Author: Andrew Puckett

SBS GEP experiment (E12-07-109) re-approved by JLab PAC47

Experiment E12-07-109, a measurement of the proton electromagnetic form factor ratio to Q2=12 GeV2 using the polarization transfer method, of which Professor Puckett is a spokesperson, was recently re-evaluated by the Jefferson Lab Program Advisory Committee at its 47th meeting in July (PAC47), under JLab’s jeopardy review process. Experiments that have been previously approved but are not yet scheduled after a certain time period must be periodically reviewed by the PAC to determine whether they are still relevant, and re-evaluated in terms of both beam time allocations and scientific rating and priority.

The PAC re-approved E12-07-109 with no changes in beam time allocation (45 PAC days) or scientific rating (“A-“). E12-07-109 is projected to run in 2022 based on current informal internal Hall A schedule planning.

The proposal update document submitted for the jeopardy review can be found here.

The figure below shows the projected accuracy of the proton form factor ratio measurements from E12-07-109, compared to existing world data and a selection of theoretical models:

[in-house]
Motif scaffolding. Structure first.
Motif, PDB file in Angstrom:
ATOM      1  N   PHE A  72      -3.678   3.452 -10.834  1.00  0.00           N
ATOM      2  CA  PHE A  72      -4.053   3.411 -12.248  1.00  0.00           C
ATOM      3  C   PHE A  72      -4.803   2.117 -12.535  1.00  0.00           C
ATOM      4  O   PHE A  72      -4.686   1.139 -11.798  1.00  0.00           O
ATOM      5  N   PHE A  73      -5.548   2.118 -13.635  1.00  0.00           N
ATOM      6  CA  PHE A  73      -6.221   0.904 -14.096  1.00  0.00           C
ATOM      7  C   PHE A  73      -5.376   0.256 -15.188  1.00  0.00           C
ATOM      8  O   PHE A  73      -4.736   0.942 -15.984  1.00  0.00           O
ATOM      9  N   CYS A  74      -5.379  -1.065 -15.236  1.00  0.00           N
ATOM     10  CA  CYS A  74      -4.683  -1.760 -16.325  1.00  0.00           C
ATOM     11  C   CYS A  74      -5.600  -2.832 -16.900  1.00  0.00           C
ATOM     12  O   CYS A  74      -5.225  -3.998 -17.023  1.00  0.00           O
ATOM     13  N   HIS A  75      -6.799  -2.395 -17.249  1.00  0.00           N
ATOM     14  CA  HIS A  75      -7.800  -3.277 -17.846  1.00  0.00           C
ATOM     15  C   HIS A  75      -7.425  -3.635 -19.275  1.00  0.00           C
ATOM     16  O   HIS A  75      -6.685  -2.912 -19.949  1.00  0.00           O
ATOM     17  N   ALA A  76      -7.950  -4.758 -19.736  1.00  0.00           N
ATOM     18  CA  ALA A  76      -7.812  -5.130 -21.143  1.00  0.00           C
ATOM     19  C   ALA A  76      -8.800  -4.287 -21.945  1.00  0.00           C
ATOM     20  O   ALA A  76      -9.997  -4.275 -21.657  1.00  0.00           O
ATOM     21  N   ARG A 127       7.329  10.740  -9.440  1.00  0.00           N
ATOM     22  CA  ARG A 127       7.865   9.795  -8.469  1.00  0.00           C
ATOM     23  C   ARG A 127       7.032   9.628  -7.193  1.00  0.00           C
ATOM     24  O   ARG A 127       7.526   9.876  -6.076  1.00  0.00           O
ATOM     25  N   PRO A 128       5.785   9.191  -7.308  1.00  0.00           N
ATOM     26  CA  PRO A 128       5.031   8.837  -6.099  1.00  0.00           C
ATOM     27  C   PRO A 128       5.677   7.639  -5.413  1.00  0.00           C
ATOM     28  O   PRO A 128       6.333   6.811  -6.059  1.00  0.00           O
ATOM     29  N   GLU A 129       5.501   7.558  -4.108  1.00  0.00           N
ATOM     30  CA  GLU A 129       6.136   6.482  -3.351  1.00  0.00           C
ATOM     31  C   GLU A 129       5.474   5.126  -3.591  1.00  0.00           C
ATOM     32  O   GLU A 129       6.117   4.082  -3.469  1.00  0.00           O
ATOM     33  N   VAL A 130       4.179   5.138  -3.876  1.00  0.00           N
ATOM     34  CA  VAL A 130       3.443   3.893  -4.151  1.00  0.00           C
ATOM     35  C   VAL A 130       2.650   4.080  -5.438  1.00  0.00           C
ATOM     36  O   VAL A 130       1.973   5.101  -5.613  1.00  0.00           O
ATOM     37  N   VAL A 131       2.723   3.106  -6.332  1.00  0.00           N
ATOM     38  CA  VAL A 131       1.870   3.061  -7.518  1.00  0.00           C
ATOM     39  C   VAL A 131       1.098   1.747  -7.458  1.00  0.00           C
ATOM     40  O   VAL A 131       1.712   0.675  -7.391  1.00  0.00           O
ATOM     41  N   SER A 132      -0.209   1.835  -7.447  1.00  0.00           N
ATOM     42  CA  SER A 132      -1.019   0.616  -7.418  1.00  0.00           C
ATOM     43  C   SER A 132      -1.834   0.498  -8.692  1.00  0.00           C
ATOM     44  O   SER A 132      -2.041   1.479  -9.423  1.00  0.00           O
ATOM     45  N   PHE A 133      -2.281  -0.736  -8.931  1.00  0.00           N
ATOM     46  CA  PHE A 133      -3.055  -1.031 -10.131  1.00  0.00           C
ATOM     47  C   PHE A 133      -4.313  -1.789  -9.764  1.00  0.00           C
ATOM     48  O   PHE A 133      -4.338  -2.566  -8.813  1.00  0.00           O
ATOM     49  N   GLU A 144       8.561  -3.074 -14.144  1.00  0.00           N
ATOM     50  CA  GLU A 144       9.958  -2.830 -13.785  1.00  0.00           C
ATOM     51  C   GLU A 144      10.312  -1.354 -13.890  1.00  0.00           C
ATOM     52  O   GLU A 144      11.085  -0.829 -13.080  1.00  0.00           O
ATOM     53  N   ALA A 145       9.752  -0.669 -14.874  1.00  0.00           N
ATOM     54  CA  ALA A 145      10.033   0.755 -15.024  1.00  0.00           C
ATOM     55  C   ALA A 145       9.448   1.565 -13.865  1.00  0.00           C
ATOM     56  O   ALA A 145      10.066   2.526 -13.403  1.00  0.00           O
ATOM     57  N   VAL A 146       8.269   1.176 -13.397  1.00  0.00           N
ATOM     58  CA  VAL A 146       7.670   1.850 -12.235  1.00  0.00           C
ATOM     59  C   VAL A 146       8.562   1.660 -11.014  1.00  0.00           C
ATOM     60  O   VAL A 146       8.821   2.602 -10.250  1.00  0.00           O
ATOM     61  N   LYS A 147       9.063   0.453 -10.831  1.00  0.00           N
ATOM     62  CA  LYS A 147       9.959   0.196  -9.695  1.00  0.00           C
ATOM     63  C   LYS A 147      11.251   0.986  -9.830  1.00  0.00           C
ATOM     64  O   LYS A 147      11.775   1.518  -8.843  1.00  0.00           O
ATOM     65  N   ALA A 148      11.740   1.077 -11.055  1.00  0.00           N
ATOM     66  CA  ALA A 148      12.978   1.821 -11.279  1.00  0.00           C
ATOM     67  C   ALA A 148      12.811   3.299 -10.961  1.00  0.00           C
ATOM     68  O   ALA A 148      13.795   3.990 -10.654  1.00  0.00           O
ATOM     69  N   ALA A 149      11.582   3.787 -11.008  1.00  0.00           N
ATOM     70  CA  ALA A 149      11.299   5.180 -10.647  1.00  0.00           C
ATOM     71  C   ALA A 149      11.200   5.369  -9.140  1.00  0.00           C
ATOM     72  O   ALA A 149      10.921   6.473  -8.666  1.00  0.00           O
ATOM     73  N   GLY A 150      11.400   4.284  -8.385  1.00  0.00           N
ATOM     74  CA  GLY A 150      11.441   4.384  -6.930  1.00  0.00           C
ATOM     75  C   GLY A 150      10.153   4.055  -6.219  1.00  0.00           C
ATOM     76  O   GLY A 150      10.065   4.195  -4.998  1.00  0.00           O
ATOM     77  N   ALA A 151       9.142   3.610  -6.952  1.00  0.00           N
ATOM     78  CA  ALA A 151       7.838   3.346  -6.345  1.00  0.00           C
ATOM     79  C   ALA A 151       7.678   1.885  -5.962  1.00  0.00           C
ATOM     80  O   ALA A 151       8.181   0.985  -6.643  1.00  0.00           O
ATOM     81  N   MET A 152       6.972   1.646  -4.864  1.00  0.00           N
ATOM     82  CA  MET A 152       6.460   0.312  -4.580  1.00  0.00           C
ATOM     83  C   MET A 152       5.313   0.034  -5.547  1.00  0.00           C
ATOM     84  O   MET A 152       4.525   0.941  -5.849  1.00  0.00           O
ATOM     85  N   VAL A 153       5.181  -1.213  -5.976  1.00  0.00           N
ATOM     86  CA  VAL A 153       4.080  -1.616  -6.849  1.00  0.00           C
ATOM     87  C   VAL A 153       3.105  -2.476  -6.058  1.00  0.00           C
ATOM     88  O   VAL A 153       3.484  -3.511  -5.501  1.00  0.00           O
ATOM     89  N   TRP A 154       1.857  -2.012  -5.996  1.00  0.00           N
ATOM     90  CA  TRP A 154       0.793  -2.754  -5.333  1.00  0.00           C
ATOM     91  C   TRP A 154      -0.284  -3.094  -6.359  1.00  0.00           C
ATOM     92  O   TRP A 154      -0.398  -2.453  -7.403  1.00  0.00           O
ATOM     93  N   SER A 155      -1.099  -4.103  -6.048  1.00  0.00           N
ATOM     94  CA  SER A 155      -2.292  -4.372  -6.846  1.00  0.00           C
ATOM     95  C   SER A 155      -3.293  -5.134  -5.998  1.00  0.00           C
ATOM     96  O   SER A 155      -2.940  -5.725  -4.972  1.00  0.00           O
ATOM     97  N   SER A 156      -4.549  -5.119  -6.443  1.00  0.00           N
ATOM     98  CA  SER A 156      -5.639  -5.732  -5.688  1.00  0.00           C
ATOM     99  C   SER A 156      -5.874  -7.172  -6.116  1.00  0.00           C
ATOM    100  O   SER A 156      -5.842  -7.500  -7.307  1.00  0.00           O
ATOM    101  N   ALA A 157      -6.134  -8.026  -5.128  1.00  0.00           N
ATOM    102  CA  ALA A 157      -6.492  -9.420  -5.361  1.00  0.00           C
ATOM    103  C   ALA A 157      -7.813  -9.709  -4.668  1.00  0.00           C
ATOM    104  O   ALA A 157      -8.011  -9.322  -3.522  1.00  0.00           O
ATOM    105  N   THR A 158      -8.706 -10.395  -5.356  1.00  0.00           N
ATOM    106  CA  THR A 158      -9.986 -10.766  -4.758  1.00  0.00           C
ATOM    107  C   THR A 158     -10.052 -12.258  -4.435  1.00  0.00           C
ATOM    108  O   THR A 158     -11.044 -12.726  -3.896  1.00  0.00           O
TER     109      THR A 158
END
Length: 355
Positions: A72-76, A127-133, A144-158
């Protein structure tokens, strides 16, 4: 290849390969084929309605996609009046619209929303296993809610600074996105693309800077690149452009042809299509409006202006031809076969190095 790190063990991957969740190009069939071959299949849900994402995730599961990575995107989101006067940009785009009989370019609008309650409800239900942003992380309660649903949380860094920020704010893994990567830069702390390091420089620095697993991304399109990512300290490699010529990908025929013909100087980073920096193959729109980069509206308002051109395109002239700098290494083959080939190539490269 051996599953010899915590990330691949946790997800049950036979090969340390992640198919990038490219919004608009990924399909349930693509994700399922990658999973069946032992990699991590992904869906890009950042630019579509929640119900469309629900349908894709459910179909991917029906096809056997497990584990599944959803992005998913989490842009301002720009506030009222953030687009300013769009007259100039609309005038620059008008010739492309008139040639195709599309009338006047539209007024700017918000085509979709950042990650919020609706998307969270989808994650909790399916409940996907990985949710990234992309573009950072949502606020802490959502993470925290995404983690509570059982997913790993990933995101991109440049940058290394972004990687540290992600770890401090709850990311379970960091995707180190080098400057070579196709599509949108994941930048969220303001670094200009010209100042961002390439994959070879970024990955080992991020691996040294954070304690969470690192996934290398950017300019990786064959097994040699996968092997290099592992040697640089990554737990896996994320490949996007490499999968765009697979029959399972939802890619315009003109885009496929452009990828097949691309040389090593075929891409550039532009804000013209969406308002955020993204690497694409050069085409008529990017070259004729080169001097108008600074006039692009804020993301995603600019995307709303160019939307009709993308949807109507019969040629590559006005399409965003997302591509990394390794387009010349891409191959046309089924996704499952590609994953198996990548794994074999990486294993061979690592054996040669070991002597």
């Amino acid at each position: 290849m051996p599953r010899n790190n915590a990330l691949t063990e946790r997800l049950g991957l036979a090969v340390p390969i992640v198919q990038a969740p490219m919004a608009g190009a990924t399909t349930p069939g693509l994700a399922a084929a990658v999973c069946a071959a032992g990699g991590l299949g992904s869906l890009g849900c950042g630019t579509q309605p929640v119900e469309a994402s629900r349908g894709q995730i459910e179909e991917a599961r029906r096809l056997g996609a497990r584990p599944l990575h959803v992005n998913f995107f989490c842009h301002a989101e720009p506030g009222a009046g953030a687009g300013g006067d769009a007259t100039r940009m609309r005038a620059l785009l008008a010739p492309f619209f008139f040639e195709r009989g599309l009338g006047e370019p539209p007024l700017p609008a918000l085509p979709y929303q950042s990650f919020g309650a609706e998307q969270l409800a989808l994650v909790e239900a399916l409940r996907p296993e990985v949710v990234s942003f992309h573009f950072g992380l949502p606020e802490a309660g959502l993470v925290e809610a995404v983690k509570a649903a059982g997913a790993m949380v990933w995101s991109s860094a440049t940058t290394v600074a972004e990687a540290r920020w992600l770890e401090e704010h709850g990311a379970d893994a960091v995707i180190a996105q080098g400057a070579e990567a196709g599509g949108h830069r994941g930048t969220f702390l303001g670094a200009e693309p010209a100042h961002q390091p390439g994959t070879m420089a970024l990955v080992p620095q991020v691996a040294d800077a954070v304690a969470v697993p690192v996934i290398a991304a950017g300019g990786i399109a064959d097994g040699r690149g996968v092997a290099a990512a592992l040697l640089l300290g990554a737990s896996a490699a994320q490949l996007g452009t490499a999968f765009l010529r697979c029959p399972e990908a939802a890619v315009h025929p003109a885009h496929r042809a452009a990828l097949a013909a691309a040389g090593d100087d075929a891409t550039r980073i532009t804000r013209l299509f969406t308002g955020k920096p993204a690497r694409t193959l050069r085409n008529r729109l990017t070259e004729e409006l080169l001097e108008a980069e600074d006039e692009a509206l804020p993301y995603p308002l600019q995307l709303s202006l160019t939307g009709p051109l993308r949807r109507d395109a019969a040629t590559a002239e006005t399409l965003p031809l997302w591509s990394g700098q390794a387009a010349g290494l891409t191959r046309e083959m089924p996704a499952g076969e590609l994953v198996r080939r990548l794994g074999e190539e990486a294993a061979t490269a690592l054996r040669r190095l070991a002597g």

Projected accuracy of E12-07-109 compared to existing data and selected theoretical models
Projected statistical precision of the upcoming proton form factor ratio measurements from E12-07-109, compared to existing data and selected theoretical models.

 

Professor Puckett Elected Chair of SBS Coordinating Committee

Starting August 5, 2019, Professor Puckett was elected by the current membership of the Super BigBite Spectrometer Collaboration Coordinating Committee (CC) to serve a one-year term as the chair of the committee.

The CC is the governing body of the SBS collaboration, formed to ensure the efficient preparation and execution of the experimental program, by identifying tasks which need to be carried out and identifying volunteers from the collaboration to carry out those tasks which the CC chooses to delegate, and by ensuring adequate communication between groups working on different aspects of the project, organizing informal weekly phone meetings and formal collaboration meetings twice a year.

Professor Puckett and group at Jefferson Lab, August 2019

UConn Group with BigBite detector package
From left to right: Sebastian Seeds, Provakar Datta, and Andrew Puckett with the BigBite detector package.

Professor Puckett and the graduate student and postdoc members of the group are at Jefferson Lab for the currently running “PREX-II” experiment in Hall A, ongoing detector assembly and cosmic ray commissioning work for the upcoming Super BigBite installation in Hall A, and for the SBS Collaboration Meeting on August 5-6. The PREX-II experiment is a precise measurement of the parity-violating asymmetry in low-Q2 elastic electron scattering from the 208Pb (Lead) nucleus. This measurement is highly sensitive to the “neutron skin thickness” of the lead nucleus, and constitutes a precise test of state-of-the-art nuclear theory and also has significant implications for the equation of state of neutron matter, relevant to the structure of neutron stars.